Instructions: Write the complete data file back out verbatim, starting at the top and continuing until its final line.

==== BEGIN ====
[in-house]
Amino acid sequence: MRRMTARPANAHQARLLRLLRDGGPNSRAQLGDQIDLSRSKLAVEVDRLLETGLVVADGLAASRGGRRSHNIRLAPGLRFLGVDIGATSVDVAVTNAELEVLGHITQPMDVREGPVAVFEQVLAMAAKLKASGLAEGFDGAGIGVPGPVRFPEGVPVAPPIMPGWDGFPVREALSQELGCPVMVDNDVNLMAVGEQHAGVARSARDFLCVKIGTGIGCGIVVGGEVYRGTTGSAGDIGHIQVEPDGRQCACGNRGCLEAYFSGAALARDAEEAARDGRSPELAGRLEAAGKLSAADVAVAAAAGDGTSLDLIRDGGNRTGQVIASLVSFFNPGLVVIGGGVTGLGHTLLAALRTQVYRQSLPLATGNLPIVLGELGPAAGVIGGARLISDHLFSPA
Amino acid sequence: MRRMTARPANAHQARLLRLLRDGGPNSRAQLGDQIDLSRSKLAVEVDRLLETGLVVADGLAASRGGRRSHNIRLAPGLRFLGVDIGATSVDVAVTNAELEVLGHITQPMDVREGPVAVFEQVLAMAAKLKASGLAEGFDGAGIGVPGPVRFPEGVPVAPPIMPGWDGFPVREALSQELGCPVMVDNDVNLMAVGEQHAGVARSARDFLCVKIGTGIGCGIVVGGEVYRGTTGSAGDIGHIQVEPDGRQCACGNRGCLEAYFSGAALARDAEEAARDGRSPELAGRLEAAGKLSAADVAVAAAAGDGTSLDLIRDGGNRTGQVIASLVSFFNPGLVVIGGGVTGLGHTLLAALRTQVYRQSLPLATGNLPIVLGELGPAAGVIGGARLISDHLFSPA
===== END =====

[in-house]
Amino acid sequence: MRRMTARPANAHQARLLRLLRDGGPNSRAQLGDQIDLSRSKLAVEVDRLLETGLVVADGLAASRGGRRSHNIRLAPGLRFLGVDIGATSVDVAVTNAELEVLGHITQPMDVREGPVAVFEQVLAMAAKLKASGLAEGFDGAGIGVPGPVRFPEGVPVAPPIMPGWDGFPVREALSQELGCPVMVDNDVNLMAVGEQHAGVARSARDFLCVKIGTGIGCGIVVGGEVYRGTTGSAGDIGHIQVEPDGRQCACGNRGCLEAYFSGAALARDAEEAARDGRSPELAGRLEAAGKLSAADVAVAAAAGDGTSLDLIRDGGNRTGQVIASLVSFFNPGLVVIGGGVTGLGHTLLAALRTQVYRQSLPLATGNLPIVLGELGPAAGVIGGARLISDHLFSPA
Amino acid sequence: MRRMTARPANAHQARLLRLLRDGGPNSRAQLGDQIDLSRSKLAVEVDRLLETGLVVADGLAASRGGRRSHNIRLAPGLRFLGVDIGATSVDVAVTNAELEVLGHITQPMDVREGPVAVFEQVLAMAAKLKASGLAEGFDGAGIGVPGPVRFPEGVPVAPPIMPGWDGFPVREALSQELGCPVMVDNDVNLMAVGEQHAGVARSARDFLCVKIGTGIGCGIVVGGEVYRGTTGSAGDIGHIQVEPDGRQCACGNRGCLEAYFSGAALARDAEEAARDGRSPELAGRLEAAGKLSAADVAVAAAAGDGTSLDLIRDGGNRTGQVIASLVSFFNPGLVVIGGGVTGLGHTLLAALRTQVYRQSLPLATGNLPIVLGELGPAAGVIGGARLISDHLFSPA